Legal mechanisms were scarcely needed because printers faced little risk from reprinting. Printers faced little competition due to their scarcity and the lack of any ability to serve more than their local market. The existence of reprinting was further minimized by extra-legal mechanisms, described by Bracha as “private contractual agreements among booksellers not to print each other’s copies” and “an informal social norm within the trade against such behavior.” There were a few exclusive printing patents granted during this time, primarily for the exclusive right of printing compilations of a colony’s laws.

It was authors who primarily lobbied for general copyright laws in the colonies, and, eventually, the federal government. These authors include Joel Barlow, American politician and writer of Vision of Columbus and Hasty Pudding. Barlow played in important role in convincing the Continental Congress to pass its 1783 resolution encouraging the States to enact copyright legislation.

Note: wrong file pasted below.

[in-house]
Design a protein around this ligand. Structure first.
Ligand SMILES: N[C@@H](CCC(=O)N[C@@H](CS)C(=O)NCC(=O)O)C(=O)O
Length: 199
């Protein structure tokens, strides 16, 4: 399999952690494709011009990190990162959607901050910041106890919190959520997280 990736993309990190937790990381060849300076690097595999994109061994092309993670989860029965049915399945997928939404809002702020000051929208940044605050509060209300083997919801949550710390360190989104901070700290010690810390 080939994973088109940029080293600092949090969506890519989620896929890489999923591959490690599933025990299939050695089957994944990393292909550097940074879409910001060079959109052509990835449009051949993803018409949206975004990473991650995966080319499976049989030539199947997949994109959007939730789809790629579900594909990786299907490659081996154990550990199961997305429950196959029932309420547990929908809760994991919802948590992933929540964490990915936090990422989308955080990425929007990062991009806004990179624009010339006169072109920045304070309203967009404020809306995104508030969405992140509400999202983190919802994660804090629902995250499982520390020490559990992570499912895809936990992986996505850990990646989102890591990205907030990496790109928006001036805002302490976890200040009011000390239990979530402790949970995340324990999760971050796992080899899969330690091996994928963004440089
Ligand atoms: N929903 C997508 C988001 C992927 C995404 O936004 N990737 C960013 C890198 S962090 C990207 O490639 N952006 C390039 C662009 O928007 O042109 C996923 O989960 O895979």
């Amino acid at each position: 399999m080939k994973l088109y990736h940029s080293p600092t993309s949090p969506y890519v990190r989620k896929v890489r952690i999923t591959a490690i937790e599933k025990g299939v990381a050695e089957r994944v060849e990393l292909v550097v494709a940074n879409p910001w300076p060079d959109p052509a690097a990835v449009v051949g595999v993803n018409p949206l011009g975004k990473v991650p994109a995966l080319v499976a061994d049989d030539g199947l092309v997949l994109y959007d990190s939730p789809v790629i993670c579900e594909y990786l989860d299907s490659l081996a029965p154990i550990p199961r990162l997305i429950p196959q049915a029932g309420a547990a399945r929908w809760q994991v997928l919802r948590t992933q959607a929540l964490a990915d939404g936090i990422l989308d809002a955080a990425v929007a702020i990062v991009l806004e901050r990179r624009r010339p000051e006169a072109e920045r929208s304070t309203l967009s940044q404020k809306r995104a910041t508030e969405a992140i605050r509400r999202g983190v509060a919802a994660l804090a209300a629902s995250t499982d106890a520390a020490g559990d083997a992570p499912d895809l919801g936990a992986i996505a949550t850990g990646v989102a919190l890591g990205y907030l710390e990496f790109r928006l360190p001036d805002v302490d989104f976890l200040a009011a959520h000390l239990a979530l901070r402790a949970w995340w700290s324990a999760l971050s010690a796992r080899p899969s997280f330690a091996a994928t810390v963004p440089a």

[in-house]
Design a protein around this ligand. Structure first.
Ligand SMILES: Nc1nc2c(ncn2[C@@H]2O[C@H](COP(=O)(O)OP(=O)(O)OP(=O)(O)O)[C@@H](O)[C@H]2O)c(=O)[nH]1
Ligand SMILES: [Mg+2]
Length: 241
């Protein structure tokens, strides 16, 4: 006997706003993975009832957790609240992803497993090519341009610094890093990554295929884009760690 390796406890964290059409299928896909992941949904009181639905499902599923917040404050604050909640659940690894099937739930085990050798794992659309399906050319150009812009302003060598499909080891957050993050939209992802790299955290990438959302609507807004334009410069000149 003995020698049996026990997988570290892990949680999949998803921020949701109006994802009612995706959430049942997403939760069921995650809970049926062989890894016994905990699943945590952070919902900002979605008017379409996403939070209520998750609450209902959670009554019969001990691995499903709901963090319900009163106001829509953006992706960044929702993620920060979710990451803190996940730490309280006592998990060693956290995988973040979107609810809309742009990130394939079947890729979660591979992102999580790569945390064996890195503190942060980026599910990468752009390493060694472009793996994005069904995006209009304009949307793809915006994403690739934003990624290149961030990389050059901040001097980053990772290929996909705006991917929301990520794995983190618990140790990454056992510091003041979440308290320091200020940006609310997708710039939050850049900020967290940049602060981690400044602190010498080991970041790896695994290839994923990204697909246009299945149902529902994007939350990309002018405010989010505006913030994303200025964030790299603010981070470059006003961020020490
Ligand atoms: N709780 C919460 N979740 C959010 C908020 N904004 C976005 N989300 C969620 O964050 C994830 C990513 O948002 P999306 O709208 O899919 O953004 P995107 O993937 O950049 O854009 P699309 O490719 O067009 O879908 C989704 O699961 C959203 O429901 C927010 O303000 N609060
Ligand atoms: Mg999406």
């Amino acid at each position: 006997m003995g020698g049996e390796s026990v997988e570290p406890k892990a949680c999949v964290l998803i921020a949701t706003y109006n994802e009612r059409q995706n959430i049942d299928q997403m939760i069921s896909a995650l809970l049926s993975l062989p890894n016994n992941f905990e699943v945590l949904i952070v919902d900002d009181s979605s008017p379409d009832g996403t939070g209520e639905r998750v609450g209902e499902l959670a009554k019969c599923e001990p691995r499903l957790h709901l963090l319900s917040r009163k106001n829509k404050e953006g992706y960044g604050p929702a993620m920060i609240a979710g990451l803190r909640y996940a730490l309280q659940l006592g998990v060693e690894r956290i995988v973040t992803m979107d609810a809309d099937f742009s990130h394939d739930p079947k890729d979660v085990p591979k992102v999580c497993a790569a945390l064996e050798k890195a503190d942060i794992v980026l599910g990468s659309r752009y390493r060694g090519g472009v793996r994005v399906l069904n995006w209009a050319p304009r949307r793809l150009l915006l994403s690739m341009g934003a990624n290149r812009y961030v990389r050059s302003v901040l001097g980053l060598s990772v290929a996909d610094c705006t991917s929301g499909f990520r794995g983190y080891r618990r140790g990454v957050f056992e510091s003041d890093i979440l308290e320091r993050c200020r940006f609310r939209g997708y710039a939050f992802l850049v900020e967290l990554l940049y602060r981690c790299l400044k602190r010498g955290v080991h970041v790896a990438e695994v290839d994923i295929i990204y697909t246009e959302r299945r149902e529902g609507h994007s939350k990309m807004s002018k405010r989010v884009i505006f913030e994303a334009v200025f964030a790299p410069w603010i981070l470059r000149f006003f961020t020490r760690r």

They also include Noah Webster, who would eventually write the dictionary that still bears his name today. Webster took it upon himself to lobby the individual state legislations, in person, to act on the Continental Congress’s resolution. (He would later play a role in the first major revision of the US Copyright Act in 1831).2

Other authors who played a role include Jeremy Belknap, writer of the first modern history in America, the History of New Hampshire, and Thomas Paine, whose pamphlets proved indispensible to the American Revolution.3

But often overlooked is the part played by a lesser-known author — and a musician, to boot — in efforts to create American copyright law.

William Billings

The author is William Billings, the “father of American choral music.” Billings was born in Boston in 1746. He worked as a tanner but taught himself music, never receiving any formal training, and according to biographical reports, seemed to have been quite the character: